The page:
By M.R. Narayan Swamy
Tamil Nadu Chief Minister J. Jayalalithaa appears dead set on taking on the ordinary Sinhalese for her inability to influence the Indian government to pursue a Sri Lanka policy of her choice.
It is plain ridiculous to suspend an officer of Chennai’s Jawaharlal Nehru indoor stadium for allowing the use of the ground for a football match between a Sri Lankan team and a local team.
The game, we are told, had hurt the “sentiments” of Indians Tamils, because of the excesses that took place during Sri Lanka’s war against the LTTE that also killed many innocents (mostly Tamil).
The Sri Lankan football team was asked to go back. Another Sri Lankan student team also faced hostility. If this wasn’t enough, Tamil groups have taken upon themselves to oppose the visit of some 200 Sri Lankan pilgrims to Tamil Nadu.
At this rate, will Jayalalithaa call for an end to India-Sri Lanka cricketing ties?
After all, if a football clash between two unknown teams – an event which would have gone unnoticed but for the chief minister’s action – can hurt “Tamil sentiments”, a high-profile cricket match between the national teams of India and Sri Lanka is bound to cause the same effect. (India won 4-1 an ODI series in Sri Lanka in as July-August and is set to visit Sri Lanka again.)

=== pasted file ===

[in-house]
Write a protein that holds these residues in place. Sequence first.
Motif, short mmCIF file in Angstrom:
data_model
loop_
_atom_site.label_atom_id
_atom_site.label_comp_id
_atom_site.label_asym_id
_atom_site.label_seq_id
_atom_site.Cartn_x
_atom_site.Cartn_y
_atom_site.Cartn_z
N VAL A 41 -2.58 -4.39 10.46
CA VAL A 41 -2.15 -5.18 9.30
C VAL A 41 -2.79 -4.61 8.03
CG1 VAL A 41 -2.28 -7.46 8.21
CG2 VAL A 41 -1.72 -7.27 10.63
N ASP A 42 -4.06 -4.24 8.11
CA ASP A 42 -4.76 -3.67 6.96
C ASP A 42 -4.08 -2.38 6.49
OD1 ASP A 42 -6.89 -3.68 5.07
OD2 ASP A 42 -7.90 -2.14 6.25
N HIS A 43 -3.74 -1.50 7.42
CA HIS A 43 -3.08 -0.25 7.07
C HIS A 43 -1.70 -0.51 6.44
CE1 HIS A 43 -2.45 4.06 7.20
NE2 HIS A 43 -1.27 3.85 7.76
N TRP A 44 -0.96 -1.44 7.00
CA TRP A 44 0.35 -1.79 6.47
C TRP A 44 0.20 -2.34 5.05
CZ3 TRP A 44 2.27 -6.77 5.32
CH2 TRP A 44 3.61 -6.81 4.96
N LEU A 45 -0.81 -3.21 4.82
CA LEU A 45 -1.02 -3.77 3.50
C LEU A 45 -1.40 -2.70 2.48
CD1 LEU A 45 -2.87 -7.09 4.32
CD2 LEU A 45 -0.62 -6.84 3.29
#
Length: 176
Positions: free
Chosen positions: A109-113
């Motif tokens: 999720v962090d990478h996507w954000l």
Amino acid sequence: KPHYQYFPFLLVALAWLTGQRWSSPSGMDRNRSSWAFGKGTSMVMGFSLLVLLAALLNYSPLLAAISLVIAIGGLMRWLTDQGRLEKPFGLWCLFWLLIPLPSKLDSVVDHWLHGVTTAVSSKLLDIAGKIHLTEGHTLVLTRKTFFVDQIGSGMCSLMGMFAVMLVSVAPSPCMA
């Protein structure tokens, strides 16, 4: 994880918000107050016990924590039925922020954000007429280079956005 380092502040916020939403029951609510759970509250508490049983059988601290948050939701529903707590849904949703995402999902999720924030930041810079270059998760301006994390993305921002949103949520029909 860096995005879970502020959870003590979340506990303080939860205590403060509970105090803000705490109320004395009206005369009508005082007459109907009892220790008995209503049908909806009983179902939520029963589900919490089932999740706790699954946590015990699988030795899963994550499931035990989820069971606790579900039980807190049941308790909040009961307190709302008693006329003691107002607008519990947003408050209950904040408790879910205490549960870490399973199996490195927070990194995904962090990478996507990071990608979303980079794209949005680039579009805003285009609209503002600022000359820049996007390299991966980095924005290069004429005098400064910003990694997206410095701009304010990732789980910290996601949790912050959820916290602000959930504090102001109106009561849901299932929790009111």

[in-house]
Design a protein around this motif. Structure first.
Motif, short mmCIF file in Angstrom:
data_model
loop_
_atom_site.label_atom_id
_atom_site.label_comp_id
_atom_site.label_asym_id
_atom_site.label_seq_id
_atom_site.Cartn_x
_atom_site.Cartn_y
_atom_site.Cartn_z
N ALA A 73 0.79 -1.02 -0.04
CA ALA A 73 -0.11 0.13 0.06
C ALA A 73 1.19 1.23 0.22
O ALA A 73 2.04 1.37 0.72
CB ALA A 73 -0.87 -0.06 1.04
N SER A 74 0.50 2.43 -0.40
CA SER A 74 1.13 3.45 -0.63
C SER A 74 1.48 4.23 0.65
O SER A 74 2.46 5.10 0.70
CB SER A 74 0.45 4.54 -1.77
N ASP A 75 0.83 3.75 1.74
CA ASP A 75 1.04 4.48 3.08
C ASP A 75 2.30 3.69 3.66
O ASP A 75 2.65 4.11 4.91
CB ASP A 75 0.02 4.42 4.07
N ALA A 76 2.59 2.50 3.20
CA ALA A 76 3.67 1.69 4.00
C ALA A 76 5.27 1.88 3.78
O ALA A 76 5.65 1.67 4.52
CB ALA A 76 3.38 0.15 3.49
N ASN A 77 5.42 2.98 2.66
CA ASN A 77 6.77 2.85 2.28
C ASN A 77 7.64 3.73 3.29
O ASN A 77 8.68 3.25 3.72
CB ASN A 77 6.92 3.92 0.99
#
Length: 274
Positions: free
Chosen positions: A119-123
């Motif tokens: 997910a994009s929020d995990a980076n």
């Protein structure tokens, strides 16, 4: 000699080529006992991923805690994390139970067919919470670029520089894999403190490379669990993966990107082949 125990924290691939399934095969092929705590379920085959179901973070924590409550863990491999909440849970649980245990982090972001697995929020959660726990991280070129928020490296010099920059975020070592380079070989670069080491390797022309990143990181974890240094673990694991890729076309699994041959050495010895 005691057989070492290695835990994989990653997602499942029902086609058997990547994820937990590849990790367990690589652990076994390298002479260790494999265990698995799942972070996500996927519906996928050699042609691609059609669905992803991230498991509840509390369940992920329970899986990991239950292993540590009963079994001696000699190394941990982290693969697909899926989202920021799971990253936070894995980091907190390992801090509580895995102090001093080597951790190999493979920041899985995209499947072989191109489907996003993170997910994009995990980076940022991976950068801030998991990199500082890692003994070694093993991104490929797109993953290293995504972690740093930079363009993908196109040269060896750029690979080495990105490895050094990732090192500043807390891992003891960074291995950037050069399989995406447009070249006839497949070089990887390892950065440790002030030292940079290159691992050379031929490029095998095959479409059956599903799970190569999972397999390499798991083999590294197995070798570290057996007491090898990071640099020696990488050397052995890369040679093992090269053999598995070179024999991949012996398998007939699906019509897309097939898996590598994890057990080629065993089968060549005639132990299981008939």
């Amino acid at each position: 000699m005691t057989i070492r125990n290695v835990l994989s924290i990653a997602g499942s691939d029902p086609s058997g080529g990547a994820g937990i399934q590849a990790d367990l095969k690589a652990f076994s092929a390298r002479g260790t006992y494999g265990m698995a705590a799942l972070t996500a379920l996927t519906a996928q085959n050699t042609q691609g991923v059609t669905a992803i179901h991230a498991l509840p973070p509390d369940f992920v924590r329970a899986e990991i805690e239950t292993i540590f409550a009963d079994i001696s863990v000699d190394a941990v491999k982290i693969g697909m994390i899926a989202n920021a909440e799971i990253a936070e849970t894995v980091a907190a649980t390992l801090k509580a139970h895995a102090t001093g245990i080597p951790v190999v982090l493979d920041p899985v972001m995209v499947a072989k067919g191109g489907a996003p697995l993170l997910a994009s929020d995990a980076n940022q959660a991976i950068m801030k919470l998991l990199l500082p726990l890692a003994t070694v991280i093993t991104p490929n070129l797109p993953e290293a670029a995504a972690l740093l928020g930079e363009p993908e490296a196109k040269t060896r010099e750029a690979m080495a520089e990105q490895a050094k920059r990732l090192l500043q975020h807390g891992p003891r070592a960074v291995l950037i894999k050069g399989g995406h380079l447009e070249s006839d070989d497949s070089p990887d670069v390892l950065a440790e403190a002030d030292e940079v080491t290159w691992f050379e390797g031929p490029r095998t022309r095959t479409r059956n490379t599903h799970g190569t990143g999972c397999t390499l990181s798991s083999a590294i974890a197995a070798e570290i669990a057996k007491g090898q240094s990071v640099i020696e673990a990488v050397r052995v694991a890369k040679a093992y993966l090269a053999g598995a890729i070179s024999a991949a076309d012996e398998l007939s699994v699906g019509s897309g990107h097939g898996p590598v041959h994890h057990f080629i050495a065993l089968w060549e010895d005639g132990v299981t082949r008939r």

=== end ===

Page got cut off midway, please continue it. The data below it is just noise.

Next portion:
What more? Will New Delhi be asked to shut its high commission and two consulates in Sri Lanka? Maybe India should also sever trade links with Colombo. Will Indian tourists be told to boycott Sri Lanka?
In as much as none of these has any logic, the same applies to Jayalalithaa’s action against the football team.
It is one thing for the chief minister to rant against India’s military relations with Sri Lanka.
It is insane to tell ordinary Sri Lankans – whatever the ethnicity – that they are not welcome to Tamil Nadu on account of the supposed wrongs of the regime in Colombo.
This would be akin to punishing the Indian Muslim today for whatever Mughal kings of an earlier period did.
The Indian government was wrong in stating that it would continue to provide “training” to Sri Lankan military officers. It was a badly worded statement.
What should have been stated is that the Sri Lankans are among military personnel from many countries who come to India for routine refresher courses. India is not teaching these soldiers how to kill; they already know it.
The only Sri Lankans India trained to kill belonged to Tamil groups including the LTTE.
Despite Islamabad’s undisguised backing to terrorist groups in India, no sensible Indian wants an end to people-to-people contacts with Pakistan. Nor has anyone said ‘no’ to Chinese investment since Beijing occupies Indian territory.
Jayalalithaa’s actions – and those who think on similar terms – can only strengthen the Rajapaksa regime, which will point at Tamil Nadu to maintain its military presence in predominantly Tamil areas.
None of what is taking place in Tamil Nadu – which itself is linked to the traditional DMK-AIADMK rivalry – will prove in anyway useful to the ordinary Tamil in Sri Lanka.
Many in Sri Lanka and around the world have legitimate concerns about human rights abuses and reconciliation issues there. There is nothing wrong if these are discussed threadbare – or if people feel frustrated vis-a-vis Colombo.
But the anti-Sri Lanka tendencies Jayalalithaa is fanning in Tamil Nadu will have long-term consequences — for India.